Michigan vs. Nebraska
3:30pm, ABC | Ann Arbor MI
Enemy Blog: Corn Nation
Michigan started its November run with a thud, walking into a buzz saw in East Lansing and limping out a full three games out of the Big Ten title game picture and the recipient of a fifth loss at the hands of a Mark Dantonio coached Michigan State team.
The story was the same in that game as it has been in all of those other losses. Michigan got beat in the trenches. The Wolverines have been weak up front one one side of the ball or the other since Rich Rodriguez was running the program. No surprise that Michigan State made short work of the Michgan offense.
For all the discontent swirling around Michigan circles, there are still four games left and the Wolverines have a good chance in three of them. The first of those happens this weekend against a Nebraska team that has plenty of issues itself.
When Michigan has the ball
It can't get any worse, right?
No, probably not. Michigan just faced the best defense it will see all season (Ohio State is very good, but not that) and completely collapsed against it. Thankfully, the Husker defense isn't well equipped to beat Michigan up in the ways that the Spartans did.
The Wolverines might even be able to put together some yards on the ground — or at least keep from moving backwards all day. Nebraska is allowing 182 yards rushing per game and 4.5 yards per carry. Only three Big Ten teams hold opponents to a worse per play rushing average.
The strange thing about Nebraska's defense is how hot and cold it has been against the run. Five teams have broken the 200 yard mark, including such luminaries as Wyoming and South Dakota State. And then there were games against Southern Miss and Purdue, where those teams combined couldn't post over 100 yards. Desipte the issues stopping opposing teams on the ground, Nebraska has been solid at getting into the backfield, standing fourth in the conference with 6.75 tackles for loss per game on average.
Michigan should be able to have some success on the ground, you know, relative success, because this line is still an unholy mess and that stuff doesn't change over the course of a week. Michigan still has Devin Gardner and he is an effective weapon when used in various spread option sets. This Nebraska defense gave up 19 rushes for 61 yards to Brett Hundley and 8 for 92 to Wyoming's quarterback. Gardner will have a chance to run.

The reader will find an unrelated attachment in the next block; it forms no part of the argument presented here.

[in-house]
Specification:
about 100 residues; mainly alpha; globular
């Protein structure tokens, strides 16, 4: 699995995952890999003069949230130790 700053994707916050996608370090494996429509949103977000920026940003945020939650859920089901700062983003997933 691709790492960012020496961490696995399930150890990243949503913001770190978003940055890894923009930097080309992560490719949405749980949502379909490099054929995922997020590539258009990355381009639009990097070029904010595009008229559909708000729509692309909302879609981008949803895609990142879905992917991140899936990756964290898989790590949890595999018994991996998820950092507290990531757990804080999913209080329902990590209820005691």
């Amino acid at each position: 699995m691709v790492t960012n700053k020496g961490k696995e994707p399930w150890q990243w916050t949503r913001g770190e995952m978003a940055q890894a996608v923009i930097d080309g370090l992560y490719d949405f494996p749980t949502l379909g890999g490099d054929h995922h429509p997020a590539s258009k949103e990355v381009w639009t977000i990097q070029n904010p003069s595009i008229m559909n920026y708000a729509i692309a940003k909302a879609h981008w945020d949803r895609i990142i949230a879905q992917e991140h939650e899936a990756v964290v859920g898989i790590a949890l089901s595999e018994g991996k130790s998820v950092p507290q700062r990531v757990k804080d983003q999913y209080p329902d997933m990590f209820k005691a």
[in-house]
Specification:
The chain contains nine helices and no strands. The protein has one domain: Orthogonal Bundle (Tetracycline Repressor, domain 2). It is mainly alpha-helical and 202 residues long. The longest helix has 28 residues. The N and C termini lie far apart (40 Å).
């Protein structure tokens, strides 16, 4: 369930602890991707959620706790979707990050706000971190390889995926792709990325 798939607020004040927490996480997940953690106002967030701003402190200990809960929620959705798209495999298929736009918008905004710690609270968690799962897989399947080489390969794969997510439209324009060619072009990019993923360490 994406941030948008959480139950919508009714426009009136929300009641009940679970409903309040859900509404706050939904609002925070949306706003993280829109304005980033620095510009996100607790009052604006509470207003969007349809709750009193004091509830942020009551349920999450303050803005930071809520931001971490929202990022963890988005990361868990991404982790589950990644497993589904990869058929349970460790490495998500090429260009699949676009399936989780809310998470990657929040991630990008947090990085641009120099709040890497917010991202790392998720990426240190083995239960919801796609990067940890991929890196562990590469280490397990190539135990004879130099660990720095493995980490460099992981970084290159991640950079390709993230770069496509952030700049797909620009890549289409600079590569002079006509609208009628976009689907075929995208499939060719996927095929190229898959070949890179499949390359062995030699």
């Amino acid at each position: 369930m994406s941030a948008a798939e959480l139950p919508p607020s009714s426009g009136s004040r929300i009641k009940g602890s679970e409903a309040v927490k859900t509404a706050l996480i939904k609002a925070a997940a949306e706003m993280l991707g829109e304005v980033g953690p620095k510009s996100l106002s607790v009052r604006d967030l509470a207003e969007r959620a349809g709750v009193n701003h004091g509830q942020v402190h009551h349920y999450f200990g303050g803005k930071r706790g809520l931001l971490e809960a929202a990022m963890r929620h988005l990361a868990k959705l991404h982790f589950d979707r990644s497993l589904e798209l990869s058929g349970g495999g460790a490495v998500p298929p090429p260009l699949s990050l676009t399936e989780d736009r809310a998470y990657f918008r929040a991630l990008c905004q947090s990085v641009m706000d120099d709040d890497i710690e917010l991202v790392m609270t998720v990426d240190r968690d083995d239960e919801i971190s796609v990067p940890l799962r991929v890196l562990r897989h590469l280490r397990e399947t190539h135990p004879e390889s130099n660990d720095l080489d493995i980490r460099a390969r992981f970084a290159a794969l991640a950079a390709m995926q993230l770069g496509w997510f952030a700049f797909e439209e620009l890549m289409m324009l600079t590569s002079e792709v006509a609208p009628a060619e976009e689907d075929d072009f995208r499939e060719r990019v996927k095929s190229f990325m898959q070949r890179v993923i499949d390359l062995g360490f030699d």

Passing the ball is a little tougher sledding as Nebraska gives up the fourth least yards per game in the conference, however, that is at yards per attempt average that ties Purdue for ninth (7.2 ypa). Nebraska also has 22 sacks on the year year with five players chipping in two apiece and two having put up 3.5.
Nebraska doesn't present a fearsome defense. The Huskers are eighth in the conference in yards per play given up. The one area that Nebraska seems to be by far the best at is in third-down conversions, in which the Huskers are second in the conference at 28%. This is perhaps the biggest doom-factor against a Michigan team that enjoys ratcheting up the level of difficulty on third-down by setting up ridiculously long conversion attempts.
The Wolverines should be able to put together some success on the ground just by virtue of Devin Gardner being that good. If Michigan sticks with what works — a solid dose of inverted veer and other option plays designed to use Gardner as a runner and a decoy to open lanes for Fitz Toussaint — Michigan should be able to put up over 100 yards on Nebraska. If that doesn't happen we can all turn our panic dials to 11.
Devin Gardner should be able to find open passes down the field. He has been good at avoiding turnovers and finding receivers when given time. He won't always have time, as the offensive line isn't good enough to provide that, but this defense isn't good enough to do what Michigan State did unless the offense plays bad enough to set that up. This isn't out of the question.
When Nebraska has the ball
Despite Nebraska's offensive success the last couple years against most of the Big Ten, Michigan has fared well against the Huskers. Two years ago the Huskers gained just 260 yards and had three turnovers as Michigan ran Big Red off the field. Last year Michigan's offense crumbled and Michigan's defense still held on despite Michigan's offense doing absolutely nothing in the second half with Denard Robinson injured and Russell Bellomy running the show.
Taylor Martinez looks to be sidelined for this weekend's game. He has been off and on all year due to injuries, and in his stead Nebraska will trot out a combination of Tommy Armstrong Jr or Ron Kellogg III. Kellogg has hit on nearly 70% of his passes this year, but Armstrong has gotten more snaps. Neither is a big run threat, but Armstrong does average almost eight carries for 30 yards in his limited time this season.